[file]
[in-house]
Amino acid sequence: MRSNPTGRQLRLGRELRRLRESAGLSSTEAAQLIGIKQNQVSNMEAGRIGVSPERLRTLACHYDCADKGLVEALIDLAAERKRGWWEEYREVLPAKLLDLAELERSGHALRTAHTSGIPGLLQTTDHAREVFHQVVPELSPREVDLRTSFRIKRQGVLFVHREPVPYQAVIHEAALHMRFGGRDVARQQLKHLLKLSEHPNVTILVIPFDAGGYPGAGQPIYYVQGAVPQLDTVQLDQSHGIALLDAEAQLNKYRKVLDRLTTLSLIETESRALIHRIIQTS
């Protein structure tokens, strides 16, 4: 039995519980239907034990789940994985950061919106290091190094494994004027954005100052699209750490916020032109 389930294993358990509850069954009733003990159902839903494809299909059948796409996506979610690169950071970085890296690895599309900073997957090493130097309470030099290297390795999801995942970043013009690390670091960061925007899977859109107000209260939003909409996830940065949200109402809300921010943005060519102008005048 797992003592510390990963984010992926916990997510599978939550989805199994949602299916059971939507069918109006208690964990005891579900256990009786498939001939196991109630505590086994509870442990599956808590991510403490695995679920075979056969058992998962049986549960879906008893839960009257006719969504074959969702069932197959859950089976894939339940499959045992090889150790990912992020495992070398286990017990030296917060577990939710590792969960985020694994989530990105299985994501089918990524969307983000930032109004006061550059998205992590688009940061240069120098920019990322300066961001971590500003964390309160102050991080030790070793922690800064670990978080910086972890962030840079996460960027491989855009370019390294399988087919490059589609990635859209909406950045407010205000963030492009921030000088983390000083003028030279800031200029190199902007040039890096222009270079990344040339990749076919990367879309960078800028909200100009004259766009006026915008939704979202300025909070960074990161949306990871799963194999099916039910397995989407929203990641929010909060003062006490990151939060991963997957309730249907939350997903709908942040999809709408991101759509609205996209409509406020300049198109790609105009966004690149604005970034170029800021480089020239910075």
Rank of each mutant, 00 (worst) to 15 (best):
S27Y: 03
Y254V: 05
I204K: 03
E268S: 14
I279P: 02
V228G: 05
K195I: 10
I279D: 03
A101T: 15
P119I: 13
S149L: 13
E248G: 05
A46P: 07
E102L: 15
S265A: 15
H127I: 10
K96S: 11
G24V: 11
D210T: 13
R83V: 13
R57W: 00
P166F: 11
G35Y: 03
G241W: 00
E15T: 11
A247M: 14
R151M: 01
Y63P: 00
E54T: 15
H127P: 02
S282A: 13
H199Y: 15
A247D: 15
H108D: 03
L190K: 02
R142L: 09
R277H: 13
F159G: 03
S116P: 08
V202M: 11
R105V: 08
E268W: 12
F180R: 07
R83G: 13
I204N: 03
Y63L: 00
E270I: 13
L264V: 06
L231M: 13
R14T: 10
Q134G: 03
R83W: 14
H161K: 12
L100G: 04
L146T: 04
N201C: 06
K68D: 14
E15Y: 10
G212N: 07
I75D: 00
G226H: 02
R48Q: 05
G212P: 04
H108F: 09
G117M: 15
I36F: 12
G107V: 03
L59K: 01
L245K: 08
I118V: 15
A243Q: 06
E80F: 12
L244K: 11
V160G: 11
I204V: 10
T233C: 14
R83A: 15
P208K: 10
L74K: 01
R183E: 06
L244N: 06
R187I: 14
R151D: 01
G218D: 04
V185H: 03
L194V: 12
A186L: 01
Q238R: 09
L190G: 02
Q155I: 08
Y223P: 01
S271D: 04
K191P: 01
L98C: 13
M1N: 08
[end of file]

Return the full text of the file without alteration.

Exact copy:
[in-house]
Amino acid sequence: MRSNPTGRQLRLGRELRRLRESAGLSSTEAAQLIGIKQNQVSNMEAGRIGVSPERLRTLACHYDCADKGLVEALIDLAAERKRGWWEEYREVLPAKLLDLAELERSGHALRTAHTSGIPGLLQTTDHAREVFHQVVPELSPREVDLRTSFRIKRQGVLFVHREPVPYQAVIHEAALHMRFGGRDVARQQLKHLLKLSEHPNVTILVIPFDAGGYPGAGQPIYYVQGAVPQLDTVQLDQSHGIALLDAEAQLNKYRKVLDRLTTLSLIETESRALIHRIIQTS
């Protein structure tokens, strides 16, 4: 039995519980239907034990789940994985950061919106290091190094494994004027954005100052699209750490916020032109 389930294993358990509850069954009733003990159902839903494809299909059948796409996506979610690169950071970085890296690895599309900073997957090493130097309470030099290297390795999801995942970043013009690390670091960061925007899977859109107000209260939003909409996830940065949200109402809300921010943005060519102008005048 797992003592510390990963984010992926916990997510599978939550989805199994949602299916059971939507069918109006208690964990005891579900256990009786498939001939196991109630505590086994509870442990599956808590991510403490695995679920075979056969058992998962049986549960879906008893839960009257006719969504074959969702069932197959859950089976894939339940499959045992090889150790990912992020495992070398286990017990030296917060577990939710590792969960985020694994989530990105299985994501089918990524969307983000930032109004006061550059998205992590688009940061240069120098920019990322300066961001971590500003964390309160102050991080030790070793922690800064670990978080910086972890962030840079996460960027491989855009370019390294399988087919490059589609990635859209909406950045407010205000963030492009921030000088983390000083003028030279800031200029190199902007040039890096222009270079990344040339990749076919990367879309960078800028909200100009004259766009006026915008939704979202300025909070960074990161949306990871799963194999099916039910397995989407929203990641929010909060003062006490990151939060991963997957309730249907939350997903709908942040999809709408991101759509609205996209409509406020300049198109790609105009966004690149604005970034170029800021480089020239910075």
Rank of each mutant, 00 (worst) to 15 (best):
S27Y: 03
Y254V: 05
I204K: 03
E268S: 14
I279P: 02
V228G: 05
K195I: 10
I279D: 03
A101T: 15
P119I: 13
S149L: 13
E248G: 05
A46P: 07
E102L: 15
S265A: 15
H127I: 10
K96S: 11
G24V: 11
D210T: 13
R83V: 13
R57W: 00
P166F: 11
G35Y: 03
G241W: 00
E15T: 11
A247M: 14
R151M: 01
Y63P: 00
E54T: 15
H127P: 02
S282A: 13
H199Y: 15
A247D: 15
H108D: 03
L190K: 02
R142L: 09
R277H: 13
F159G: 03
S116P: 08
V202M: 11
R105V: 08
E268W: 12
F180R: 07
R83G: 13
I204N: 03
Y63L: 00
E270I: 13
L264V: 06
L231M: 13
R14T: 10
Q134G: 03
R83W: 14
H161K: 12
L100G: 04
L146T: 04
N201C: 06
K68D: 14
E15Y: 10
G212N: 07
I75D: 00
G226H: 02
R48Q: 05
G212P: 04
H108F: 09
G117M: 15
I36F: 12
G107V: 03
L59K: 01
L245K: 08
I118V: 15
A243Q: 06
E80F: 12
L244K: 11
V160G: 11
I204V: 10
T233C: 14
R83A: 15
P208K: 10
L74K: 01
R183E: 06
L244N: 06
R187I: 14
R151D: 01
G218D: 04
V185H: 03
L194V: 12
A186L: 01
Q238R: 09
L190G: 02
Q155I: 08
Y223P: 01
S271D: 04
K191P: 01
L98C: 13
M1N: 08